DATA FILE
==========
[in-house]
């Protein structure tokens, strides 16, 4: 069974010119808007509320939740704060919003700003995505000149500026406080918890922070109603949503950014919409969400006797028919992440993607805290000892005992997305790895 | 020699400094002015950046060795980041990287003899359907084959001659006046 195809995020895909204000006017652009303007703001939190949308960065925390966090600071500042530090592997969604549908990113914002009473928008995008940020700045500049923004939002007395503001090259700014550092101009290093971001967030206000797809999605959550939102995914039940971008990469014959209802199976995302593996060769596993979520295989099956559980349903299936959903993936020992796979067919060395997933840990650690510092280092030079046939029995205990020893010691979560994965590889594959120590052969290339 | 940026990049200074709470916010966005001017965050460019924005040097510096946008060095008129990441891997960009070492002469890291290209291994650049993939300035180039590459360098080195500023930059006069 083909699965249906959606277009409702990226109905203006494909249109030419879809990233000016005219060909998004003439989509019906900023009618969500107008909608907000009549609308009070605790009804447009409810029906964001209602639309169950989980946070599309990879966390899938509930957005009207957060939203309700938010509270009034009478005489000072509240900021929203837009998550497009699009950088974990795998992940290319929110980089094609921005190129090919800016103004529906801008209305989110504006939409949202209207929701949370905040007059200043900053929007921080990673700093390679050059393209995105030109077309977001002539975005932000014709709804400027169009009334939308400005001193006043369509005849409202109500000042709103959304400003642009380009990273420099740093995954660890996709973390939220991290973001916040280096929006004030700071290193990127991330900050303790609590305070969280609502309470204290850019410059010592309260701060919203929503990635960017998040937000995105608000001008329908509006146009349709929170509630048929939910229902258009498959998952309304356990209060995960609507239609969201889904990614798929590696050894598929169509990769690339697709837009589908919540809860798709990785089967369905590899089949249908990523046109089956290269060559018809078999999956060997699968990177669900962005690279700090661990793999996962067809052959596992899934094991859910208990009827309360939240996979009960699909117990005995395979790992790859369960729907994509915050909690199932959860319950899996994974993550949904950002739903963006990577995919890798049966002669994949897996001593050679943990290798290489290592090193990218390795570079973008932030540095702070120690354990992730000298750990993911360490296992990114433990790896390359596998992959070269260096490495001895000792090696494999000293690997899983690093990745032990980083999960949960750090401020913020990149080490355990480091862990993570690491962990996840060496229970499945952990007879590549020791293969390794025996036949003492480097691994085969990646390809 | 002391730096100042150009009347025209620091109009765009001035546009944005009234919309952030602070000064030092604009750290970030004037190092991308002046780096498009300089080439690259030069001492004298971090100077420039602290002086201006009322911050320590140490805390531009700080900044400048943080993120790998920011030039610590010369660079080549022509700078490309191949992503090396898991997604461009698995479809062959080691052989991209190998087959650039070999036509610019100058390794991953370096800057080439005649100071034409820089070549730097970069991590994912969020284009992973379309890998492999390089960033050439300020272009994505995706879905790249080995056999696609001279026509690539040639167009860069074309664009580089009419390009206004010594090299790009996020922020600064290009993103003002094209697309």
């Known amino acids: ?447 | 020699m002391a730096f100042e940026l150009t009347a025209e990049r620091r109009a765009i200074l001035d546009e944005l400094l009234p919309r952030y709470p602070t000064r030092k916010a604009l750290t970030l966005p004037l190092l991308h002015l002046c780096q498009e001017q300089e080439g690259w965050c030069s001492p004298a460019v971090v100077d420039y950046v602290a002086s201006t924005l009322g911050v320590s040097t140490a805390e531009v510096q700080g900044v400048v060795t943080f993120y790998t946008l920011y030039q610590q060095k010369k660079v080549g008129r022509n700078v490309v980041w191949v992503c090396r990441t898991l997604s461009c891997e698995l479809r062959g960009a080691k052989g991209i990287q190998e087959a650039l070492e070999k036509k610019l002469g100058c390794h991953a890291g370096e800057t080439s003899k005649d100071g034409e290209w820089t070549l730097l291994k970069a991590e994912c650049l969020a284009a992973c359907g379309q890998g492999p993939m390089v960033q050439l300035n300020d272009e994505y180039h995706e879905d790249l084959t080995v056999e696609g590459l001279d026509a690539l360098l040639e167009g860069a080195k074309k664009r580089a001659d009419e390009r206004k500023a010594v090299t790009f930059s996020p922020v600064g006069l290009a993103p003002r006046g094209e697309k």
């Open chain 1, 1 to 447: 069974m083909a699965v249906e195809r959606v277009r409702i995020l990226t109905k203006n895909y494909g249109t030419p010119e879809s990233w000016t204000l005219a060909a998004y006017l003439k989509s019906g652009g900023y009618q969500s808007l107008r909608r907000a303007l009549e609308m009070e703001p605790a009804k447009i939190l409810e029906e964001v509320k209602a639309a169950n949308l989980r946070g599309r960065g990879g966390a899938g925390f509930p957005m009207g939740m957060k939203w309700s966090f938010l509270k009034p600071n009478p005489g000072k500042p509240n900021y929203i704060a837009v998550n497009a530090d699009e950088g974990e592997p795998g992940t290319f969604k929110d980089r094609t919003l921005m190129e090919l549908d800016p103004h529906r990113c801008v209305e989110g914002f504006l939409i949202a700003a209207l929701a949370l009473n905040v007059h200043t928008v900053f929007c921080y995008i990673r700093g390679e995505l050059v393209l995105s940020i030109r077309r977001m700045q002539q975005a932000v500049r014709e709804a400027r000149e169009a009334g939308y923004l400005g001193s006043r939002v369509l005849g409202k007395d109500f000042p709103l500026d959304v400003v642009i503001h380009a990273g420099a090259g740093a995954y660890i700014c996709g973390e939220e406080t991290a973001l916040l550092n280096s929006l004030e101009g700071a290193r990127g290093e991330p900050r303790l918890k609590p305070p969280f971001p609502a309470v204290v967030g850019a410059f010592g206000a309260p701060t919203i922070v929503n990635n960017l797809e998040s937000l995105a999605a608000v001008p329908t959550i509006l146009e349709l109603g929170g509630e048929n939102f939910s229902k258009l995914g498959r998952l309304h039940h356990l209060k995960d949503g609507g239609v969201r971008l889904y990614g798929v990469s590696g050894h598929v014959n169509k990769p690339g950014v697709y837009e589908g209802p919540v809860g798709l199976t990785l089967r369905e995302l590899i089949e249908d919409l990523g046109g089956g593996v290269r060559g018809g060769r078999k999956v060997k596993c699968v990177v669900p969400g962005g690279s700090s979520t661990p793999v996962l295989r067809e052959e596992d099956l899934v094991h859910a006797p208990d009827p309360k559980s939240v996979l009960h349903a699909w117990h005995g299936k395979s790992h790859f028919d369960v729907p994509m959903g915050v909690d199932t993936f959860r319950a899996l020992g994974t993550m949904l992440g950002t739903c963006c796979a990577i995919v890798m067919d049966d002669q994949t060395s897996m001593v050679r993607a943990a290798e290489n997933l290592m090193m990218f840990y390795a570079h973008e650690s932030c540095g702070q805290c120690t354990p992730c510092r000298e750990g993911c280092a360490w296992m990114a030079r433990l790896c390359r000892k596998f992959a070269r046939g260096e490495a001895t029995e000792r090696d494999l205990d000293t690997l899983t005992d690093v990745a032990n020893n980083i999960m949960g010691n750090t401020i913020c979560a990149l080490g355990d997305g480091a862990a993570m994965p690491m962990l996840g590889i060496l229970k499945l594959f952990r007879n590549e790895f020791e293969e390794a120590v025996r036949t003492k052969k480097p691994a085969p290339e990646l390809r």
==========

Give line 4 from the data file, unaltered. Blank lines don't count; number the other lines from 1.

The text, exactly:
């Open chain 1, 1 to 447: 069974m083909a699965v249906e195809r959606v277009r409702i995020l990226t109905k203006n895909y494909g249109t030419p010119e879809s990233w000016t204000l005219a060909a998004y006017l003439k989509s019906g652009g900023y009618q969500s808007l107008r909608r907000a303007l009549e609308m009070e703001p605790a009804k447009i939190l409810e029906e964001v509320k209602a639309a169950n949308l989980r946070g599309r960065g990879g966390a899938g925390f509930p957005m009207g939740m957060k939203w309700s966090f938010l509270k009034p600071n009478p005489g000072k500042p509240n900021y929203i704060a837009v998550n497009a530090d699009e950088g974990e592997p795998g992940t290319f969604k929110d980089r094609t919003l921005m190129e090919l549908d800016p103004h529906r990113c801008v209305e989110g914002f504006l939409i949202a700003a209207l929701a949370l009473n905040v007059h200043t928008v900053f929007c921080y995008i990673r700093g390679e995505l050059v393209l995105s940020i030109r077309r977001m700045q002539q975005a932000v500049r014709e709804a400027r000149e169009a009334g939308y923004l400005g001193s006043r939002v369509l005849g409202k007395d109500f000042p709103l500026d959304v400003v642009i503001h380009a990273g420099a090259g740093a995954y660890i700014c996709g973390e939220e406080t991290a973001l916040l550092n280096s929006l004030e101009g700071a290193r990127g290093e991330p900050r303790l918890k609590p305070p969280f971001p609502a309470v204290v967030g850019a410059f010592g206000a309260p701060t919203i922070v929503n990635n960017l797809e998040s937000l995105a999605a608000v001008p329908t959550i509006l146009e349709l109603g929170g509630e048929n939102f939910s229902k258009l995914g498959r998952l309304h039940h356990l209060k995960d949503g609507g239609v969201r971008l889904y990614g798929v990469s590696g050894h598929v014959n169509k990769p690339g950014v697709y837009e589908g209802p919540v809860g798709l199976t990785l089967r369905e995302l590899i089949e249908d919409l990523g046109g089956g593996v290269r060559g018809g060769r078999k999956v060997k596993c699968v990177v669900p969400g962005g690279s700090s979520t661990p793999v996962l295989r067809e052959e596992d099956l899934v094991h859910a006797p208990d009827p309360k559980s939240v996979l009960h349903a699909w117990h005995g299936k395979s790992h790859f028919d369960v729907p994509m959903g915050v909690d199932t993936f959860r319950a899996l020992g994974t993550m949904l992440g950002t739903c963006c796979a990577i995919v890798m067919d049966d002669q994949t060395s897996m001593v050679r993607a943990a290798e290489n997933l290592m090193m990218f840990y390795a570079h973008e650690s932030c540095g702070q805290c120690t354990p992730c510092r000298e750990g993911c280092a360490w296992m990114a030079r433990l790896c390359r000892k596998f992959a070269r046939g260096e490495a001895t029995e000792r090696d494999l205990d000293t690997l899983t005992d690093v990745a032990n020893n980083i999960m949960g010691n750090t401020i913020c979560a990149l080490g355990d997305g480091a862990a993570m994965p690491m962990l996840g590889i060496l229970k499945l594959f952990r007879n590549e790895f020791e293969e390794a120590v025996r036949t003492k052969k480097p691994a085969p290339e990646l390809r």